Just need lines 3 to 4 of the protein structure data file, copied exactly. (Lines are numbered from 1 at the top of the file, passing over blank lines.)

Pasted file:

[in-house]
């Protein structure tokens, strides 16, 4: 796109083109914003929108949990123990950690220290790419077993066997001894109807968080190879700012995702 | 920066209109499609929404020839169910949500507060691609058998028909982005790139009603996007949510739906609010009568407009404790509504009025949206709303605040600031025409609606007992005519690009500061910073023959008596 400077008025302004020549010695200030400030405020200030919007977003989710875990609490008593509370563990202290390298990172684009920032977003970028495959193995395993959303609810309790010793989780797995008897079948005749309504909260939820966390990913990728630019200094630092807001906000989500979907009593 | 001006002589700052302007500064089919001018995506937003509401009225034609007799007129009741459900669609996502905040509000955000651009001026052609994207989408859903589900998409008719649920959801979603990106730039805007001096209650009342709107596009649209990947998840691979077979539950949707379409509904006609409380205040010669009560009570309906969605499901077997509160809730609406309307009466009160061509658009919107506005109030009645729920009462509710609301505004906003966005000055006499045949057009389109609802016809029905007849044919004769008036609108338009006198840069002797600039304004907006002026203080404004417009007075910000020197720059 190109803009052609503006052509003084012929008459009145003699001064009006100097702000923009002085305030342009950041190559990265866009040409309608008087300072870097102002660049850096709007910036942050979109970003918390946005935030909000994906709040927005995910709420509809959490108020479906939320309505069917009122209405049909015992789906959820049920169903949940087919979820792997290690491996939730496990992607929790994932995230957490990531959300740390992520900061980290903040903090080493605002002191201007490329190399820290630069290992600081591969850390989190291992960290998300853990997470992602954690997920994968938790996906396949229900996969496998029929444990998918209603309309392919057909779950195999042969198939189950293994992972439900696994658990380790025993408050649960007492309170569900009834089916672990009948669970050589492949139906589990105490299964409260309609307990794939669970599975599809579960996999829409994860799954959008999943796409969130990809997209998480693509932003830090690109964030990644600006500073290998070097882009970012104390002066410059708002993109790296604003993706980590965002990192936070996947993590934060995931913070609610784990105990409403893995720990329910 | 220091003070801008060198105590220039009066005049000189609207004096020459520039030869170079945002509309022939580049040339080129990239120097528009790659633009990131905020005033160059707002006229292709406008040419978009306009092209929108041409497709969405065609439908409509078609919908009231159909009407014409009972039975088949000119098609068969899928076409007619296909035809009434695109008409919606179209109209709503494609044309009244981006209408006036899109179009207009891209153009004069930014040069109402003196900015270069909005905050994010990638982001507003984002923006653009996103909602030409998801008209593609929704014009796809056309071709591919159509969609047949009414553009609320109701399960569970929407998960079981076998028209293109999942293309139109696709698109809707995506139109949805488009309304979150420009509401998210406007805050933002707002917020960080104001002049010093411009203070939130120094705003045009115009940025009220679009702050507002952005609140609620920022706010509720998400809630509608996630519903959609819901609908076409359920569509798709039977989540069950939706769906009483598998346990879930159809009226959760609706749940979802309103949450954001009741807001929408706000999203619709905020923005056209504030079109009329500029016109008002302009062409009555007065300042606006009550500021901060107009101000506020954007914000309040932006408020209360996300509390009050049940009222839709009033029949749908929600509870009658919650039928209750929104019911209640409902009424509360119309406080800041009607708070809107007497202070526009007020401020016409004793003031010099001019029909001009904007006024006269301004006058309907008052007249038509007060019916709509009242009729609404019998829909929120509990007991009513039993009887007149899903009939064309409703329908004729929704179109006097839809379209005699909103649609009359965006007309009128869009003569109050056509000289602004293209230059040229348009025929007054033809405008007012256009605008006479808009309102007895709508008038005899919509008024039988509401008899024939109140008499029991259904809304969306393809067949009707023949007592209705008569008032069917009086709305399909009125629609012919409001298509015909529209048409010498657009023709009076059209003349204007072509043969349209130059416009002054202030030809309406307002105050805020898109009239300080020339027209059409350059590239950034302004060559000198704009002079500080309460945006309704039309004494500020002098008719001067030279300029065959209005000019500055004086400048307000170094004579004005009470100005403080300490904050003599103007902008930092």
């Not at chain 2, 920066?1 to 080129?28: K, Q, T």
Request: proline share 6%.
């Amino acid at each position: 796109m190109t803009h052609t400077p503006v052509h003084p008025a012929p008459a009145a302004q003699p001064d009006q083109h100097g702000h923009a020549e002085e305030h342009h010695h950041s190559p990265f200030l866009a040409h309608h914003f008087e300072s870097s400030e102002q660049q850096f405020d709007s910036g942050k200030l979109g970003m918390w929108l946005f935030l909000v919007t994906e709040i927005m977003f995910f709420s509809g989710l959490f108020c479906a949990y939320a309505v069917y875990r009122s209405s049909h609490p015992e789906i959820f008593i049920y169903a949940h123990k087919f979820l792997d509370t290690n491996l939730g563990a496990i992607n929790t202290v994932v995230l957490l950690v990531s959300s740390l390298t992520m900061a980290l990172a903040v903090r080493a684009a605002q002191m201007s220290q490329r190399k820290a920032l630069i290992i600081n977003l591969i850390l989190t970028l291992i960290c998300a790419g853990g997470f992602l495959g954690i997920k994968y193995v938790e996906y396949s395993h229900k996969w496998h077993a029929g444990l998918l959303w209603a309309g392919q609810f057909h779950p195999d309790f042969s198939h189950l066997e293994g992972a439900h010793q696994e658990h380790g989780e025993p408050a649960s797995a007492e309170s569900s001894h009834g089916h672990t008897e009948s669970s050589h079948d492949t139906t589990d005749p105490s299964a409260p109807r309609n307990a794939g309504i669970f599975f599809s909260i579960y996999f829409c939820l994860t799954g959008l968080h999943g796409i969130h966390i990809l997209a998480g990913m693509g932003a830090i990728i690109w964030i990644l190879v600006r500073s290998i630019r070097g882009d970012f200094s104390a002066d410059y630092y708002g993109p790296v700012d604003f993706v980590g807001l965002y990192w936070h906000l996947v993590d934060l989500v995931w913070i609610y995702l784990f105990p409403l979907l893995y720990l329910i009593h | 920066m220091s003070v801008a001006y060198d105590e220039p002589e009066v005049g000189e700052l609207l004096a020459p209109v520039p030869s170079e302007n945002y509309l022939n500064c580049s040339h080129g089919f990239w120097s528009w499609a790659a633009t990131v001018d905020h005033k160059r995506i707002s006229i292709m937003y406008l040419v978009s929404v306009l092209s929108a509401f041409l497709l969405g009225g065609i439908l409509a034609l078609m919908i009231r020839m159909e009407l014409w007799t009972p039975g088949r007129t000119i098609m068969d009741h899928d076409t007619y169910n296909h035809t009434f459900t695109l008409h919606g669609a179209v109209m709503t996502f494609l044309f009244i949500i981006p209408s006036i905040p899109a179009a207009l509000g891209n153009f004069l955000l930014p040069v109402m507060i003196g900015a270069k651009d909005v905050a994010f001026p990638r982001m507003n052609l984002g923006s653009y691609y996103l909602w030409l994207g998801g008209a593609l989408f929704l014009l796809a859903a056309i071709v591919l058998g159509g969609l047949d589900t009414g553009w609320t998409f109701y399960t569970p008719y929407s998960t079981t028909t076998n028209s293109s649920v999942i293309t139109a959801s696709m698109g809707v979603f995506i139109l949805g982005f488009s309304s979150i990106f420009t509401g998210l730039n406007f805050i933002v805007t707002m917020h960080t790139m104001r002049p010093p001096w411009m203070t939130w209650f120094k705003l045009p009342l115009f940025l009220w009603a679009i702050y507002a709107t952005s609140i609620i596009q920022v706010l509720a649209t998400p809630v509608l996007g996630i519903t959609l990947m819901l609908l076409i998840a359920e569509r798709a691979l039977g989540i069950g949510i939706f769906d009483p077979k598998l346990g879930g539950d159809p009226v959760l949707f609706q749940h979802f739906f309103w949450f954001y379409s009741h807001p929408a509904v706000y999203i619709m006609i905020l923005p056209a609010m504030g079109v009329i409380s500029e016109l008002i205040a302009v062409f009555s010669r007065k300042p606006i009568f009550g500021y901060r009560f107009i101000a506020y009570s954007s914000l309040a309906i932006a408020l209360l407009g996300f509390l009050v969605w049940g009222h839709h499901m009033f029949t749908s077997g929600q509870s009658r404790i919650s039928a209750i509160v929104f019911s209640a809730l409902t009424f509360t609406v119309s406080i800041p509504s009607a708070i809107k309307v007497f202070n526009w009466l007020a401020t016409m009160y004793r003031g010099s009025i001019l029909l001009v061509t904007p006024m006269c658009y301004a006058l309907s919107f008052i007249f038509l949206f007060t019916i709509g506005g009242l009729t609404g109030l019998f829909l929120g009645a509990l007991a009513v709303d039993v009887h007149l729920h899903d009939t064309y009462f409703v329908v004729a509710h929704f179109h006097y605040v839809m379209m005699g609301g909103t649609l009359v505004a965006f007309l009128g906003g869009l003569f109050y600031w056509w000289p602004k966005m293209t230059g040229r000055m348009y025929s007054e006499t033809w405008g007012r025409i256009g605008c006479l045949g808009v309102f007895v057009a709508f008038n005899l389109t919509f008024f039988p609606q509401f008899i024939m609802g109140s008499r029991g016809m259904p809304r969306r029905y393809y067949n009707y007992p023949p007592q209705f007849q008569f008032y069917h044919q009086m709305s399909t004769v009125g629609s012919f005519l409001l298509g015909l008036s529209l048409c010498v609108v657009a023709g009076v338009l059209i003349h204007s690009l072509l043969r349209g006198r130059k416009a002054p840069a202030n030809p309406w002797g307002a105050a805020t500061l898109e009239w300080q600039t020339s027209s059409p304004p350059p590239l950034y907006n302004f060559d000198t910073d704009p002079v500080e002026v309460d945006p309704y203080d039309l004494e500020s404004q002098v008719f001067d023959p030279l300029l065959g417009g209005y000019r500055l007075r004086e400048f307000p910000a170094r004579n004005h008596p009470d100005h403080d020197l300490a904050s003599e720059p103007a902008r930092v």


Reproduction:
């Not at chain 2, 920066?1 to 080129?28: K, Q, T």
Request: proline share 6%.